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What is a bleed key?

What is a bleed key?

Shop for Radiator Keys

The parts of a bleed key

Bleed key  The parts of a bleed key are:

  • The handle
  • The shaft
  • The square socket that fits over the square-headed bleed screw
Clock key radiator bleed keys Bleed keys are used for ‘bleeding’, which is the release of air from radiators via the air vent plug. Air trapped in a radiator can drastically reduce its efficiency.

They are known as air release keys, bleed keys and air vent keys.

Square headed bleed screw with slot for screwdriver Bleed keys are for loosening and tightening the square headed bleed screw located in the middle of the bleed plug at either the top left or top right of a radiator. Some also have a slot in them for a screwdriver, like this one, but a bleed key is less likely to damage the bleed screw.

See How to bleed a radiator for a step-by-step guide to this procedure.

Carded radiator bleed keys Some bleed keys are sold ‘carded’ – that is, they are laminated to a printed card and may be sold in multiples of two or more.
Bleed key for rear mounted bleed valves and normal key Bleed keys can be made from brass, zinc-plated brass, nickel-plated iron, copper, aluminium, zinc-plated steel or alloys, which are mixtures of two of more metals. These metals or coatings are used because they will not rust.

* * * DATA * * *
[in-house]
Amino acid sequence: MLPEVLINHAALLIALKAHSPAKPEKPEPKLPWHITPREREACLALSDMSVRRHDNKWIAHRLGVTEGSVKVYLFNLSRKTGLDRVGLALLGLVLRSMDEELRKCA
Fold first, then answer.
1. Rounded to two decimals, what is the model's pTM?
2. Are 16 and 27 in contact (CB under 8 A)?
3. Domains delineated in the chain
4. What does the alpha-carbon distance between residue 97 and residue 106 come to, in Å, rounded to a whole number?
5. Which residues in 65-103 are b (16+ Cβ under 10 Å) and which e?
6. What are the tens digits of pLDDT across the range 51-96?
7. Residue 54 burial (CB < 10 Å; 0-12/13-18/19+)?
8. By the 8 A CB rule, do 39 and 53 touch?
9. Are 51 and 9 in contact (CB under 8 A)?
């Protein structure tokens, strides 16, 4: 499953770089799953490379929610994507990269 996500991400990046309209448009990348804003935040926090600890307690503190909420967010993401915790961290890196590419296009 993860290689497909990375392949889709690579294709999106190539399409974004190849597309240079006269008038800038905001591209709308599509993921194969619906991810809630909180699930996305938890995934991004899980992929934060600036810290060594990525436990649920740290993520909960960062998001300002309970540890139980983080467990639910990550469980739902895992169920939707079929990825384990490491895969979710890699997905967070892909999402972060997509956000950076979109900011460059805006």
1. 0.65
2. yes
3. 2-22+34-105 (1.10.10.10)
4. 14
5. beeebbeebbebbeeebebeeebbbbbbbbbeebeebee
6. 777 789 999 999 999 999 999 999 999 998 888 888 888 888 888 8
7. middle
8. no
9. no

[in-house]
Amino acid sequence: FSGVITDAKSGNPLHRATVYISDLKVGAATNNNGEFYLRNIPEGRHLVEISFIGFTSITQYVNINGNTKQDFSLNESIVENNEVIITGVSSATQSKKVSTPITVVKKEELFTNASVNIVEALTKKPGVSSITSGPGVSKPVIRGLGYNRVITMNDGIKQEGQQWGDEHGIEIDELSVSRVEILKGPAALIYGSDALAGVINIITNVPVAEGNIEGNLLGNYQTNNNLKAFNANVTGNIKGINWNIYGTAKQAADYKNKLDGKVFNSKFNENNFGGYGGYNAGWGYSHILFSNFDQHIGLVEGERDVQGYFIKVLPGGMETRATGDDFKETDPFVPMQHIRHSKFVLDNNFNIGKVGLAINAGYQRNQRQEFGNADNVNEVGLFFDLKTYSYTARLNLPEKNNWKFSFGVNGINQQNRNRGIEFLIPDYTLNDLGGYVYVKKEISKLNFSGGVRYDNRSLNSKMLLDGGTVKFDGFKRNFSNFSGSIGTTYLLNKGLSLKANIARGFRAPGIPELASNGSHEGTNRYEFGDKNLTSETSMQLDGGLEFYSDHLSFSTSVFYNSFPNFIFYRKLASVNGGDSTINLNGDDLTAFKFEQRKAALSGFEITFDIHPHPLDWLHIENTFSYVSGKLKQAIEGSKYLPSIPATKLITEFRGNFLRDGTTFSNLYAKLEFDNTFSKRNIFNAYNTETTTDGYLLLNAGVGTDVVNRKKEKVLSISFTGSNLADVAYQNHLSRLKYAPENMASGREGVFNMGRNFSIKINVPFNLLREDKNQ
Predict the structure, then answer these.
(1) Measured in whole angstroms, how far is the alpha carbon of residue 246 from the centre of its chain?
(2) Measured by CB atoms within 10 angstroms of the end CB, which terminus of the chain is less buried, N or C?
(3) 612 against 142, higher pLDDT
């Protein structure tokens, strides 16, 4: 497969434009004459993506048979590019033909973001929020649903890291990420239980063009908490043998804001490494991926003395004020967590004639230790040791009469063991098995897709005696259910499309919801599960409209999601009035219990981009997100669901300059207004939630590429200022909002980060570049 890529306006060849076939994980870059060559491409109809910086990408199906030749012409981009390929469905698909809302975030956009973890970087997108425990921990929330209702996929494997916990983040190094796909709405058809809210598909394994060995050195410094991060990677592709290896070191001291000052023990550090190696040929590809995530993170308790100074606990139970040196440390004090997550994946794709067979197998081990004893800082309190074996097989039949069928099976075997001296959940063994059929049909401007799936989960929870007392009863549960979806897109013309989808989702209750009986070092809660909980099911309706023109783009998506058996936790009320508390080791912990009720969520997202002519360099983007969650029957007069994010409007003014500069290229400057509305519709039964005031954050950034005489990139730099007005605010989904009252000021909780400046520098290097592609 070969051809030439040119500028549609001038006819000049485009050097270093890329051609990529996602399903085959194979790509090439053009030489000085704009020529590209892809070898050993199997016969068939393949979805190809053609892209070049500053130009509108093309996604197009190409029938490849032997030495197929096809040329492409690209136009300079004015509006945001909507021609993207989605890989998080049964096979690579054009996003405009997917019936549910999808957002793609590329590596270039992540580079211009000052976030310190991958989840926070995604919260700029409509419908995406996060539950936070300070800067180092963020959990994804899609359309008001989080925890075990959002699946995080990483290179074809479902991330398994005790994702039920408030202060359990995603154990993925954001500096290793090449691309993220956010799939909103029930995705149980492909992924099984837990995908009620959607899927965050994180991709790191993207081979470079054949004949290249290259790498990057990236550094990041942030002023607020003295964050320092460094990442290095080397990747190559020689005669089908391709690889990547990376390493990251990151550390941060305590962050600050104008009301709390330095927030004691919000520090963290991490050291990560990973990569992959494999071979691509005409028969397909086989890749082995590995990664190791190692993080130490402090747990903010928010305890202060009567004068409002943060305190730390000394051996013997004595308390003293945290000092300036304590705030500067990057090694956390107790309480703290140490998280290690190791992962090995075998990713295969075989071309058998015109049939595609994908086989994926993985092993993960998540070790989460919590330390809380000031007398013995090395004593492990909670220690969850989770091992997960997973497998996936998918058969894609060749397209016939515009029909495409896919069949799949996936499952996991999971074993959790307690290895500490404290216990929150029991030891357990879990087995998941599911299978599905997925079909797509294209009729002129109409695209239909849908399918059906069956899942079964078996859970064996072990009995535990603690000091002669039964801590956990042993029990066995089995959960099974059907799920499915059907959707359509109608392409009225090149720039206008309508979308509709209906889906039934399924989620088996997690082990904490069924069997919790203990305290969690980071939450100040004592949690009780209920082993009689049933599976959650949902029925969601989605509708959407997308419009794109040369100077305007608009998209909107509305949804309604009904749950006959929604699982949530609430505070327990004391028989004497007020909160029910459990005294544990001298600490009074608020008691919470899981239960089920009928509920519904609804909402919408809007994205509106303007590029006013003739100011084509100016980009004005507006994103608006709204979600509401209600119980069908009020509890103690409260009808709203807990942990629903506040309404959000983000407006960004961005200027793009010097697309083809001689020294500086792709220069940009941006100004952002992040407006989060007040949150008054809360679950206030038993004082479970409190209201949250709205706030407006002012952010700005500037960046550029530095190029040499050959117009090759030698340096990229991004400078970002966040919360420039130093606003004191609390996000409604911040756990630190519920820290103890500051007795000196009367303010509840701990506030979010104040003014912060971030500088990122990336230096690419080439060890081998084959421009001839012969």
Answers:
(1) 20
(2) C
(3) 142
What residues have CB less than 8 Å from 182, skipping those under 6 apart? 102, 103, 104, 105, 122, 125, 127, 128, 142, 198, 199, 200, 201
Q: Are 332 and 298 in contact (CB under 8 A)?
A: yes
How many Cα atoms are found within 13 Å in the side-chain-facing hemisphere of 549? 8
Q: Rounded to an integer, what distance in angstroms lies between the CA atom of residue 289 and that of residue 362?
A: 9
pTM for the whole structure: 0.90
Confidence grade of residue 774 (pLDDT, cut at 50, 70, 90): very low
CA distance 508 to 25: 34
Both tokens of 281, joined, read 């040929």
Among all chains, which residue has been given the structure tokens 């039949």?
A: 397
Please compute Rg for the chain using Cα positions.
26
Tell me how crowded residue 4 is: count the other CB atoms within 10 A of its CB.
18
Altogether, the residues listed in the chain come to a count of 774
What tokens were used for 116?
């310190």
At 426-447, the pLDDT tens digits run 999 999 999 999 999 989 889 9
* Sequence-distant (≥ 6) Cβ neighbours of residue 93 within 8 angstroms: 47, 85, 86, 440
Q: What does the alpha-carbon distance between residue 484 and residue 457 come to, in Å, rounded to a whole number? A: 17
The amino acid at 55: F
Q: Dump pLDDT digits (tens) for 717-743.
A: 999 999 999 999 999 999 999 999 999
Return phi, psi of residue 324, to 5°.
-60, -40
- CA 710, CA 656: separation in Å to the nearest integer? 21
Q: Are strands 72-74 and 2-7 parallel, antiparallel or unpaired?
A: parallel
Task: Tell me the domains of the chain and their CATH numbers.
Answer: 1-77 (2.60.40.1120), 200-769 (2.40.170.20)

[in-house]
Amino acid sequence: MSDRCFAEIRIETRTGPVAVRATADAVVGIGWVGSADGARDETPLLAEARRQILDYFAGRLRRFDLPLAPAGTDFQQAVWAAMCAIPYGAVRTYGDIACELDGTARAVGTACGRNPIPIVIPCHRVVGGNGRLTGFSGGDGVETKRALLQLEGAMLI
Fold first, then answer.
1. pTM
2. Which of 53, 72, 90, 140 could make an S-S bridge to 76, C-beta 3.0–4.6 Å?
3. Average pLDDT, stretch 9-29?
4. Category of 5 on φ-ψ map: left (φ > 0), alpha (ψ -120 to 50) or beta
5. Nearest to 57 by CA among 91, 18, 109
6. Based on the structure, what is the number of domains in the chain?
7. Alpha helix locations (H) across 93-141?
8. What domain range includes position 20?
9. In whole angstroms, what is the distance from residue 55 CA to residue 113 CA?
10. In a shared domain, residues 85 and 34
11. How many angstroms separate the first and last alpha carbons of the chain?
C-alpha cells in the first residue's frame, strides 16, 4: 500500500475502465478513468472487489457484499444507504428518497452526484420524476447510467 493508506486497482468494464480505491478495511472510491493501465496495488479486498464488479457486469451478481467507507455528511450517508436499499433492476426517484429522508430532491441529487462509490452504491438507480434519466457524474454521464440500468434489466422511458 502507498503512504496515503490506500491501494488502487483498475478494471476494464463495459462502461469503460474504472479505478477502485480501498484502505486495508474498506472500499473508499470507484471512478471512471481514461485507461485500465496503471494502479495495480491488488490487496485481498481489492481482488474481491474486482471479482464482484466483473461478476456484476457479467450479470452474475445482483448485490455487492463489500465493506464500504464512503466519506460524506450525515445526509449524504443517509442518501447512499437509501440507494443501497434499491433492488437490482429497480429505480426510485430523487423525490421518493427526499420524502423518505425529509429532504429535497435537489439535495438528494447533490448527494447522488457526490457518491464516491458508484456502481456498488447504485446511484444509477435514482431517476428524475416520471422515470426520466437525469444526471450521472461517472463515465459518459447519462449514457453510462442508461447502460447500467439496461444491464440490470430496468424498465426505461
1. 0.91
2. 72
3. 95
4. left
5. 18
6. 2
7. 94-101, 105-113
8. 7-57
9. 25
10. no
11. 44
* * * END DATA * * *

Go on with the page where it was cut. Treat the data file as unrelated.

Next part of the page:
Clock style radiator air release key Some bleed keys are shaped like clock keys.
T-shaped radiator bleed key Others follow a simple ‘T’ design.
Long wire handle rear entry air release key Some bleed keys have a long wire handle for a particular reason…
Bleed screw in back of radiator …Some older radiators have their air vent plugs inserted into the back of the panel and are difficult to turn with a normal key. The rear access key makes the job much easier.
Radiator bleed key with bottle At the critical stage of bleeding a radiator, water squirts out, which can sometimes be a bit messy even if you use a cloth to try to catch it.

There are keys that include a bottle to catch the water, so there is never any mess.

Alloy radiator bleed key You might think a cheap alloy key isn’t as good as a more expensive one. However, it does have an advantage.

Because the key’s metal is softer than the bleed screw, it is less likely to damage the bleed screw head than harder keys.

Damaged radiator bleed screw One of the most common things to go wrong with radiators is damage to a bleed screw. If the screw’s square edges get worn, it might become impossible to turn it.
T-shaped alloy radiator bleed key For a step-by-step guide to using these keys, see: How to bleed a radiator

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